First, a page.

What you need to know:
As the volume decreases in the volute of the housing, the exhaust gas is able to maintain velocity and a high energy level thus increasing turbine wheel speed. A small turbine housing A/R can also be a choke point with too small a size limiting the efficiency of the system by increasing backpressure and preventing total horsepower capability.
If the boost pressure to backpressure remains equal (1:1) the engine essentially thinks it is naturally aspirated. The boost pressure can continue to be turned up higher and higher until the backpressure climbs too high (above 1.75-2.0:1) or the strength limitations of the engines components are reached. Some backpressure can be a good thing for street/driving use as the pressure differential helps with turbine wheel speed and transient boost response. For racing applications it is critical to maximize the turbine housing as much as possible to keep backpressure low and efficiency high while still providing the necessary response time. There are no written rules to sizing turbine housings and as such professional recommendations and testing are often the best way to start.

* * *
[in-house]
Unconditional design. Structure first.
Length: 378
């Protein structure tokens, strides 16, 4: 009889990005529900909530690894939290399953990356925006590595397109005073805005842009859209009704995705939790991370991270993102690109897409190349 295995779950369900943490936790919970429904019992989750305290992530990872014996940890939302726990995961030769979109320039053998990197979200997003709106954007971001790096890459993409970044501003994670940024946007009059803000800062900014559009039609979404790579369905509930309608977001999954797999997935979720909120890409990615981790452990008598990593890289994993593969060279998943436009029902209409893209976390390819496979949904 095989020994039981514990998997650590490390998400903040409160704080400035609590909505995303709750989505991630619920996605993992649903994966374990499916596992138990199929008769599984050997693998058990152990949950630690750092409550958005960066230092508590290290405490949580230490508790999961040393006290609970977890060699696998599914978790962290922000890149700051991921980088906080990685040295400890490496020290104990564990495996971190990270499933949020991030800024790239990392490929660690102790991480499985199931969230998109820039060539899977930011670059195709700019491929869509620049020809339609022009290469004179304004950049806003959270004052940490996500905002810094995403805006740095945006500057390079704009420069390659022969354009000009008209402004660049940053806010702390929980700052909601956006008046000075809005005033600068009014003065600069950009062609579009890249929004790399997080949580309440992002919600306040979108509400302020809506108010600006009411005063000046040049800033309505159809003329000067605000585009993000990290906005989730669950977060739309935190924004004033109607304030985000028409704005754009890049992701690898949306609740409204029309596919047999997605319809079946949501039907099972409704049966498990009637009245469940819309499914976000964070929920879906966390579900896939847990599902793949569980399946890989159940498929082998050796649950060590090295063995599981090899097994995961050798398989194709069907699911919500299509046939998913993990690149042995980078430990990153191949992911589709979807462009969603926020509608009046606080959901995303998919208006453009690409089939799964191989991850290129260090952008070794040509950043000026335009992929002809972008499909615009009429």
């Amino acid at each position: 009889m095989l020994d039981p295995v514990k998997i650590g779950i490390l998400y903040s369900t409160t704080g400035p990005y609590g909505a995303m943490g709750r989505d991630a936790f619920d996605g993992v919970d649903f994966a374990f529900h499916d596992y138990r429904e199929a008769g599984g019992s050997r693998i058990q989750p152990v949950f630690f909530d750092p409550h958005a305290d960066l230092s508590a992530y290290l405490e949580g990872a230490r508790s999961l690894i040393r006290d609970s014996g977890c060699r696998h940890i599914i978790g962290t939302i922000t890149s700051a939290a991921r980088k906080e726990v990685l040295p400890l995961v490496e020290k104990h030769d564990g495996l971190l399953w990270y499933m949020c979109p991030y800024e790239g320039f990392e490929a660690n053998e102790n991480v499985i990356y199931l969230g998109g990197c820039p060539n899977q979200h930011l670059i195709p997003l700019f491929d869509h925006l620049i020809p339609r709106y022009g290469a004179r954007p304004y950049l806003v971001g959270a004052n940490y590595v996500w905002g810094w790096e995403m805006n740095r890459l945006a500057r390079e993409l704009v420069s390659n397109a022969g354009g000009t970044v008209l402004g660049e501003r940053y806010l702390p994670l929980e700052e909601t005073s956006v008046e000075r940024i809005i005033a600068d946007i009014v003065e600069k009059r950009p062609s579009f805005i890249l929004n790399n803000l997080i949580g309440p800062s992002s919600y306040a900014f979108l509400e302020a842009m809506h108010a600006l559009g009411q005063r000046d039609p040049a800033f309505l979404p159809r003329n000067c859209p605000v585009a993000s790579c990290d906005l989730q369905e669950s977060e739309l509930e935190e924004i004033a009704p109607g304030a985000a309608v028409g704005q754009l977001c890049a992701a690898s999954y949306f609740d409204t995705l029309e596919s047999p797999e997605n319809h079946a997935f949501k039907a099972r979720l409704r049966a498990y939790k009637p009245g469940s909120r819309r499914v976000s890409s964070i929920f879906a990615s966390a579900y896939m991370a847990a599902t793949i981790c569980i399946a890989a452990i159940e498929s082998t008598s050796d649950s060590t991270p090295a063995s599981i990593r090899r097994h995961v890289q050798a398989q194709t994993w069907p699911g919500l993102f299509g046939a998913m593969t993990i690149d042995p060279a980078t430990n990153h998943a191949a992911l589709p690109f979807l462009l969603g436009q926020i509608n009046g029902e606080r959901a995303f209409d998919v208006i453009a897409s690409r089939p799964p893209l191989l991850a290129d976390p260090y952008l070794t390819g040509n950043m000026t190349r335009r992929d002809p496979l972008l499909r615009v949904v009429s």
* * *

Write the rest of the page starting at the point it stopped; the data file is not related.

Let’s say you have selected a Turbonetics turbocharger and have successfully installed it on your setup - you love the power it delivers but would like to improve low-end torque (or high-end power). It’s an easy task with a large selection of Turbonetics turbine housing A/R options. Simply change to another A/R turbine housing and fine tune your setup! Utilizing a smaller A/R will amplify the exhaust gas energy to the turbine wheel. This will allow quicker spool up. However, this will reduce the maximum power potential on high RPM. On the other hand, a larger A/R will delay the delivery of the exhaust gas energy to the turbine wheel. This will allow high RPM power at expense of low-end torque. If you are having traction issues due to high power/boost in low RPM, a larger A/R turbine housing will help you to achieve the optimal power band. On another note, compressor housing A/R options are almost nonexistent as they are not critical for turbocharger performance.